– By all means, talk trash about the other regions, but don’t be “that guy”. We’re all here to have fun…don’t take it too far 🙂
We’re getting close! I hope you’re all as excited as we are!!
I stepped onto the bus at 7am on a cold San Francisco morning. I was running a small startup and had never been to SXSW – what better way to go then to jump on a bus with a bunch of hackers?
We were all buzzed on lack-of-sleep adrenaline and caffeine as the bus sped down the freeway. People stood, sat, argued, pitched, rejected and switched teams in a matter of minutes. Most first-time founders spend the last 6 months of their last full-time job casually pitching some random idea that resembles the latest TechCrunch phase. But it’s not until you actually quit that you really decide what you’re working on: on the Startup Bus this phase took less than 2 hours.
I joined the DormDorm team: building the AirBnB for college dorm rooms over summer. I volunteered to code the back-end in Google App Engine: a technology I’d never touched before. Other team members were scrambling to build mockups, a front end, call colleges and get them committed to sell us room inventory by the time we arrived in Austin. We’d already verbally negotiated our share percentages.
In LA that evening we did our first real product testing. At Santa Monica pier, the site of my very first arrival in the US 5 years prior, we accosted passers-by with our ideas. Some captured on video, some shot down in flames. Countless products are driven by a vision wholly internal, instead of just asking someone in the street or coffee shop. On the Startup Bus, that happened in the first day.
The next day, the Valley of Despair had hit – code wasn’t working, 3G connectivity was down, we were late, and the hacked-together map I’d built to track the bus on the journey was broken under a deluge of site visitors. I tried scaling out the capacity for the site but converting to a paid account took hours to get authorized and in the meantime the site was crashing hard as we broke in and out of patchy Internet waves.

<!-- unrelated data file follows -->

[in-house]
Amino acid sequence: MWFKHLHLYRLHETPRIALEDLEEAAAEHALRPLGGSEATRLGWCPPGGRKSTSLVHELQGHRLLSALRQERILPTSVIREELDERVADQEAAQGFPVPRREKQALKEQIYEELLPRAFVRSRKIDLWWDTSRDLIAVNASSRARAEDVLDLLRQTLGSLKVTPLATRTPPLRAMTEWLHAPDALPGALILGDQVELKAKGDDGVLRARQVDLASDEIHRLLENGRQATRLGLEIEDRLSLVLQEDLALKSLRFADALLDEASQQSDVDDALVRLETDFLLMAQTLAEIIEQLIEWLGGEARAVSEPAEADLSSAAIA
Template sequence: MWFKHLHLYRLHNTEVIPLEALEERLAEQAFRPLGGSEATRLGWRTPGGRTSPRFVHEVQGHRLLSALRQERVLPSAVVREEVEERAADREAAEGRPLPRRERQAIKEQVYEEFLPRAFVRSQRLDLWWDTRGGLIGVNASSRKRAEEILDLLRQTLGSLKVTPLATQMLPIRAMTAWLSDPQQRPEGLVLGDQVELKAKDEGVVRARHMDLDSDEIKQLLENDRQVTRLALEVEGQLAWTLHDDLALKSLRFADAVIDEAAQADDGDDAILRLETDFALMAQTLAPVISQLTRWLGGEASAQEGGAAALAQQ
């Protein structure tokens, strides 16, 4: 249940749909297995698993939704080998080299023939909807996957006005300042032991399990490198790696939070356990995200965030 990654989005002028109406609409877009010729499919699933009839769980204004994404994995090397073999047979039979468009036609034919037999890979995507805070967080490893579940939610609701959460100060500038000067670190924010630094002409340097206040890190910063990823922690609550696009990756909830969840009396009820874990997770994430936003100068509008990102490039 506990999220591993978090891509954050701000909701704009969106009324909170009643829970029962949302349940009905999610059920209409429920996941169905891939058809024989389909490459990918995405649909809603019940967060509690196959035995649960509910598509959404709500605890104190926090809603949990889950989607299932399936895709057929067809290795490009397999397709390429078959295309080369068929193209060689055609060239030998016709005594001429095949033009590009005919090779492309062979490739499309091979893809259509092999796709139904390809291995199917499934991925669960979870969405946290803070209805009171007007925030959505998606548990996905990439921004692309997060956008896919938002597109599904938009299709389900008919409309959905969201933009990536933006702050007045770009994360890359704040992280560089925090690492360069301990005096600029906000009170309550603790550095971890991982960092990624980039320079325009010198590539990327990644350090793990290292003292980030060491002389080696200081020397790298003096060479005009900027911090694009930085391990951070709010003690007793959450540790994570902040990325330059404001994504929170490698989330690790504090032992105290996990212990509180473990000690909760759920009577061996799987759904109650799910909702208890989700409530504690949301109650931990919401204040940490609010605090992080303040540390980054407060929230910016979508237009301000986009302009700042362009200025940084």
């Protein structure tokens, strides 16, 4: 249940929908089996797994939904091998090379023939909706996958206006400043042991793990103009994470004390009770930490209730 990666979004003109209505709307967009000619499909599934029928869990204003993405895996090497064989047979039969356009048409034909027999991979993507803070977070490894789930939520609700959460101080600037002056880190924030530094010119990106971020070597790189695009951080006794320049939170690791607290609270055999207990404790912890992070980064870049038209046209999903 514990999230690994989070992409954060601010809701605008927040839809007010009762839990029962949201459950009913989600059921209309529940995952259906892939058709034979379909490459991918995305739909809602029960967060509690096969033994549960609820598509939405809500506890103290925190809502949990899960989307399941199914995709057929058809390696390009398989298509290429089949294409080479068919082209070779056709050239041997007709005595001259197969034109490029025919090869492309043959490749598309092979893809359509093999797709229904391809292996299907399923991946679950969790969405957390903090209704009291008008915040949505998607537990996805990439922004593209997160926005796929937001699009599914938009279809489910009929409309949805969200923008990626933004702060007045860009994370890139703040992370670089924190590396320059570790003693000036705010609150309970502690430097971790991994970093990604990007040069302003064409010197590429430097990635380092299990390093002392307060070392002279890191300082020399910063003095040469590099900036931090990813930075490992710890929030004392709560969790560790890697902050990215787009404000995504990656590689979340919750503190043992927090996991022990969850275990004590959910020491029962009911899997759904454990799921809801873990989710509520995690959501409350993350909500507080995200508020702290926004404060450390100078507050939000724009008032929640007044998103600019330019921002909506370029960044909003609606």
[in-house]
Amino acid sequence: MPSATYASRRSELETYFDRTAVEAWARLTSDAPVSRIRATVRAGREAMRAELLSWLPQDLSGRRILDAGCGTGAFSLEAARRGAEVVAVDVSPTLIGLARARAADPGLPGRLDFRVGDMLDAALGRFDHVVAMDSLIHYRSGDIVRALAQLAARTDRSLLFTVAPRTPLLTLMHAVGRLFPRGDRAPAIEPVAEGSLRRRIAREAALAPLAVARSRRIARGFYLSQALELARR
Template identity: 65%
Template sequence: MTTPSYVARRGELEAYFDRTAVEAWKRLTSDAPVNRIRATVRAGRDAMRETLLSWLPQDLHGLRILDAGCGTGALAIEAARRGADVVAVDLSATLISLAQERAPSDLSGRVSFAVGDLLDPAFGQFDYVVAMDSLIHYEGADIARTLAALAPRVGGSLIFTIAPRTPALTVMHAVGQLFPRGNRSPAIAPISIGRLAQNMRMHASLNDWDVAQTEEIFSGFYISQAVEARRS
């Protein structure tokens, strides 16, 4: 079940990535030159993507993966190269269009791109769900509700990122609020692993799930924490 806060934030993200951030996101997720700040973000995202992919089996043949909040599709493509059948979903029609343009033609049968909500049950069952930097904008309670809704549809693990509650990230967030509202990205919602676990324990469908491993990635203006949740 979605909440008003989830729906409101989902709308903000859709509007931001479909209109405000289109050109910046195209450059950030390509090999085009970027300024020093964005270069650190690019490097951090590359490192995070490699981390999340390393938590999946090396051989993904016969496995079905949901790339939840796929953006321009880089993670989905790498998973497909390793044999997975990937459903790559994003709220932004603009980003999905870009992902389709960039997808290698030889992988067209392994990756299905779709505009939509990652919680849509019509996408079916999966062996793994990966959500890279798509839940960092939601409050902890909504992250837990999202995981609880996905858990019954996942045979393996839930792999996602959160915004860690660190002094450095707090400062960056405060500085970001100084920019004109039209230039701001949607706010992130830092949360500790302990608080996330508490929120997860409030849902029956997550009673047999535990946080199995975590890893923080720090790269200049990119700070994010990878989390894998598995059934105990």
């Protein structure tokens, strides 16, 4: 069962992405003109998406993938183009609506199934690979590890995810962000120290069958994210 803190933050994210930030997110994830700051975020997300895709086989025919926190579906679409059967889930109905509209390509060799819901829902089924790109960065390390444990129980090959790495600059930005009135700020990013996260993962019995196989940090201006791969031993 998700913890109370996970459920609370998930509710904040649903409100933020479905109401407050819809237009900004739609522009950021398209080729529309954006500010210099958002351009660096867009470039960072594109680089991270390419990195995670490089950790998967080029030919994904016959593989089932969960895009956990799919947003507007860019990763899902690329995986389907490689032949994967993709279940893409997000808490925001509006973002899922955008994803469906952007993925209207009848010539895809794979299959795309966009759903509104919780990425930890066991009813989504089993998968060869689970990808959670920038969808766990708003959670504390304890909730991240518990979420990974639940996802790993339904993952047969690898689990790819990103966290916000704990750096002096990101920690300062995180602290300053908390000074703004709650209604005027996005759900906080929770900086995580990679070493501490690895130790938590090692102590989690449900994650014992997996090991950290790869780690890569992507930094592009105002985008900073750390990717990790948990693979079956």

By that evening the worst had passed. We were triaging features like there was no tomorrow (actually there was only 1 tomorrow). The site was coming together and we’d started blasting out messages on Twitter and Facebook to create buzz. We could see the path to success and a couple of cans of warm beer were taking the sting off the cold.
The final day recaptured some of the adrenaline of the first hour. It was a true launch day – just get the code out the door. When you’re in the zone, everything else disappears: the surrounding body odours, the lack of sleep and fresh vegetables, the jolting of the bus as it wound towards Austin. Deploy-code-find-bug-fix-bug-find-regression-fix-regression-realize-regression-is-not-fixed-abandon-feature-that-introduced-bug-deploy. The final Command-D was hit as the bus driver pulled up the hand brake.
The Startup Bus journey goes from anticipation, to vision and product definition, through arguments and negotiations, the agony of last-minute regressions and the glory of a successful launch. Learning to focus only on what matters as you hurtle towards a fixed launch deadline: to me that’s the very DNA of a startup.
Mick Johnson was one of the 25 buspreneurs in 2010. Following his StartupBus experience, he was accepted into Y-Combinator and launched Whereoscope.